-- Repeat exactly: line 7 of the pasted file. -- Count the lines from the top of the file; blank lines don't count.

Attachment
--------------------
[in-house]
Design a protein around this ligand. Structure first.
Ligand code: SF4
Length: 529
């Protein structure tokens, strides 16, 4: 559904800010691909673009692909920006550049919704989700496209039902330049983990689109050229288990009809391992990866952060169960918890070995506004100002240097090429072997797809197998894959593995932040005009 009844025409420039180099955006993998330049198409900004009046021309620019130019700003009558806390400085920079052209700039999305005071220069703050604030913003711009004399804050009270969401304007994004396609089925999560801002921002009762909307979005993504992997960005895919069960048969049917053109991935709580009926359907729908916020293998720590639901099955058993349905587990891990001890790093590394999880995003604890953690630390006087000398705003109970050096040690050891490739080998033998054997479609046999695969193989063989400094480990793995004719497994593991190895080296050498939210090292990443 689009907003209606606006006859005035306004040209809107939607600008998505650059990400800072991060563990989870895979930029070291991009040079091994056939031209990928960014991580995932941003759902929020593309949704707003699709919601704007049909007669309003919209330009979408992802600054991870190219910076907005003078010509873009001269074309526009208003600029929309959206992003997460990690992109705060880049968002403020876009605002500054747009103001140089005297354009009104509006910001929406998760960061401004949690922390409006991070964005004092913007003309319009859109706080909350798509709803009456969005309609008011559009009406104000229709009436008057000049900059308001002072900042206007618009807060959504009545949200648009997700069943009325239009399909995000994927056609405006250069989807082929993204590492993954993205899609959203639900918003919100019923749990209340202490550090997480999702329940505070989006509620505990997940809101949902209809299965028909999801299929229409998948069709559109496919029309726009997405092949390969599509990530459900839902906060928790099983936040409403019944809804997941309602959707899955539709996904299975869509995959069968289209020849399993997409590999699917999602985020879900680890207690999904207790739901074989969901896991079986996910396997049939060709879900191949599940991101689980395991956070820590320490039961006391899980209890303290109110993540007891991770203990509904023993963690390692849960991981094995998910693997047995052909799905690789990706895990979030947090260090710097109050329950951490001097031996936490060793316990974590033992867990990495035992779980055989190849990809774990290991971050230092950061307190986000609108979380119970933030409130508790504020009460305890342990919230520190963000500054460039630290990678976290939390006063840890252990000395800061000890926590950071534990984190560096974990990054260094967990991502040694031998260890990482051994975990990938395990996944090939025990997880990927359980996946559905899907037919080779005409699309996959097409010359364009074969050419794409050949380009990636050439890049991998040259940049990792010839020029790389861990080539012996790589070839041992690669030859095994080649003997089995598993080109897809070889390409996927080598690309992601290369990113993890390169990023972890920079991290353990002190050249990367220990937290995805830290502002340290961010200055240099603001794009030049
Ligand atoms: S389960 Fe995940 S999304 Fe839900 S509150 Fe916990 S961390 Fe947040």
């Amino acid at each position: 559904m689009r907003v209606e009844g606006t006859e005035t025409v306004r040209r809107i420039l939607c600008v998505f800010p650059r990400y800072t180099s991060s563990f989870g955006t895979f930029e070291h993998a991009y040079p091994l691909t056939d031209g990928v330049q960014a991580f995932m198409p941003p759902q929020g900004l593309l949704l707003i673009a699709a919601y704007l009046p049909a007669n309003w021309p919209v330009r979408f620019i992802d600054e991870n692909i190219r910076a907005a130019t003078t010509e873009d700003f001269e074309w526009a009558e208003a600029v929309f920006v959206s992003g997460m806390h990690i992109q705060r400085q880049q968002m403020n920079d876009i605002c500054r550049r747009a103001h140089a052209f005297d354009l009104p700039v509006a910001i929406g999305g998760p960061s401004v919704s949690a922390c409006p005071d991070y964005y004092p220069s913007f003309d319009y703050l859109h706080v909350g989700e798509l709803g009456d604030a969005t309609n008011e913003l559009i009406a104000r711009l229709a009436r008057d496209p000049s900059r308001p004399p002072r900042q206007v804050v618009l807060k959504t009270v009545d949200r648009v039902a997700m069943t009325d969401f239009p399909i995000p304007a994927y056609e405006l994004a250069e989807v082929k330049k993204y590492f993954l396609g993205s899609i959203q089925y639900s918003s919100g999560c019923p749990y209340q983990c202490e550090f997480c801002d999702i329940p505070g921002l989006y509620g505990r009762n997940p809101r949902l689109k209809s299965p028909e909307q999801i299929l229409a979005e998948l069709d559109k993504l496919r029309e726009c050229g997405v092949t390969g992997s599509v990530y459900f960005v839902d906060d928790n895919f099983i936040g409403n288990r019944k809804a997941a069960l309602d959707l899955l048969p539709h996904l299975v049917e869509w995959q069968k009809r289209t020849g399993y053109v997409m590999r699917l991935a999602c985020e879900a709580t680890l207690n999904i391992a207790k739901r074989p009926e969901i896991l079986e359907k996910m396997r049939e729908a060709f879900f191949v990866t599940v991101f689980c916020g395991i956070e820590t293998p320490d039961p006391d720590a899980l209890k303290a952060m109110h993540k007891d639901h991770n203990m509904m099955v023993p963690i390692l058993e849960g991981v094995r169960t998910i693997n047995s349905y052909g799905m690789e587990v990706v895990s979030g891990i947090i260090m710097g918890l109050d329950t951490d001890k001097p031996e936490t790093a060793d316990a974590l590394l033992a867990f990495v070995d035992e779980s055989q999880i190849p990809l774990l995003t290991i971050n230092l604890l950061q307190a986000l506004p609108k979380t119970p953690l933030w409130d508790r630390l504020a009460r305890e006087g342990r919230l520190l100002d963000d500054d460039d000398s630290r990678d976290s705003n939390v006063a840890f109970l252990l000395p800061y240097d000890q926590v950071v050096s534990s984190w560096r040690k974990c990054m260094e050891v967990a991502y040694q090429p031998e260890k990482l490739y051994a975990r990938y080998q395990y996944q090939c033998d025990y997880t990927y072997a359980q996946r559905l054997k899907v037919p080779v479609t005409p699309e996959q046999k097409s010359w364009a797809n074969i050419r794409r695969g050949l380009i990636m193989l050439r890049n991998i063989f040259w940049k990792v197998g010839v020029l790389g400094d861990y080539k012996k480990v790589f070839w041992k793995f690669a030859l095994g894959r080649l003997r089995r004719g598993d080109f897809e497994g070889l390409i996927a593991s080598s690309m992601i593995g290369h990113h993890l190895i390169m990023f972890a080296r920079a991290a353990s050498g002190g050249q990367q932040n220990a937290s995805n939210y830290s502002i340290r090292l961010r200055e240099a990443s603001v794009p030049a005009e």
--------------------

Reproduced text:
């Amino acid at each position: 559904m689009r907003v209606e009844g606006t006859e005035t025409v306004r040209r809107i420039l939607c600008v998505f800010p650059r990400y800072t180099s991060s563990f989870g955006t895979f930029e070291h993998a991009y040079p091994l691909t056939d031209g990928v330049q960014a991580f995932m198409p941003p759902q929020g900004l593309l949704l707003i673009a699709a919601y704007l009046p049909a007669n309003w021309p919209v330009r979408f620019i992802d600054e991870n692909i190219r910076a907005a130019t003078t010509e873009d700003f001269e074309w526009a009558e208003a600029v929309f920006v959206s992003g997460m806390h990690i992109q705060r400085q880049q968002m403020n920079d876009i605002c500054r550049r747009a103001h140089a052209f005297d354009l009104p700039v509006a910001i929406g999305g998760p960061s401004v919704s949690a922390c409006p005071d991070y964005y004092p220069s913007f003309d319009y703050l859109h706080v909350g989700e798509l709803g009456d604030a969005t309609n008011e913003l559009i009406a104000r711009l229709a009436r008057d496209p000049s900059r308001p004399p002072r900042q206007v804050v618009l807060k959504t009270v009545d949200r648009v039902a997700m069943t009325d969401f239009p399909i995000p304007a994927y056609e405006l994004a250069e989807v082929k330049k993204y590492f993954l396609g993205s899609i959203q089925y639900s918003s919100g999560c019923p749990y209340q983990c202490e550090f997480c801002d999702i329940p505070g921002l989006y509620g505990r009762n997940p809101r949902l689109k209809s299965p028909e909307q999801i299929l229409a979005e998948l069709d559109k993504l496919r029309e726009c050229g997405v092949t390969g992997s599509v990530y459900f960005v839902d906060d928790n895919f099983i936040g409403n288990r019944k809804a997941a069960l309602d959707l899955l048969p539709h996904l299975v049917e869509w995959q069968k009809r289209t020849g399993y053109v997409m590999r699917l991935a999602c985020e879900a709580t680890l207690n999904i391992a207790k739901r074989p009926e969901i896991l079986e359907k996910m396997r049939e729908a060709f879900f191949v990866t599940v991101f689980c916020g395991i956070e820590t293998p320490d039961p006391d720590a899980l209890k303290a952060m109110h993540k007891d639901h991770n203990m509904m099955v023993p963690i390692l058993e849960g991981v094995r169960t998910i693997n047995s349905y052909g799905m690789e587990v990706v895990s979030g891990i947090i260090m710097g918890l109050d329950t951490d001890k001097p031996e936490t790093a060793d316990a974590l590394l033992a867990f990495v070995d035992e779980s055989q999880i190849p990809l774990l995003t290991i971050n230092l604890l950061q307190a986000l506004p609108k979380t119970p953690l933030w409130d508790r630390l504020a009460r305890e006087g342990r919230l520190l100002d963000d500054d460039d000398s630290r990678d976290s705003n939390v006063a840890f109970l252990l000395p800061y240097d000890q926590v950071v050096s534990s984190w560096r040690k974990c990054m260094e050891v967990a991502y040694q090429p031998e260890k990482l490739y051994a975990r990938y080998q395990y996944q090939c033998d025990y997880t990927y072997a359980q996946r559905l054997k899907v037919p080779v479609t005409p699309e996959q046999k097409s010359w364009a797809n074969i050419r794409r695969g050949l380009i990636m193989l050439r890049n991998i063989f040259w940049k990792v197998g010839v020029l790389g400094d861990y080539k012996k480990v790589f070839w041992k793995f690669a030859l095994g894959r080649l003997r089995r004719g598993d080109f897809e497994g070889l390409i996927a593991s080598s690309m992601i593995g290369h990113h993890l190895i390169m990023f972890a080296r920079a991290a353990s050498g002190g050249q990367q932040n220990a937290s995805n939210y830290s502002i340290r090292l961010r200055e240099a990443s603001v794009p030049a005009e």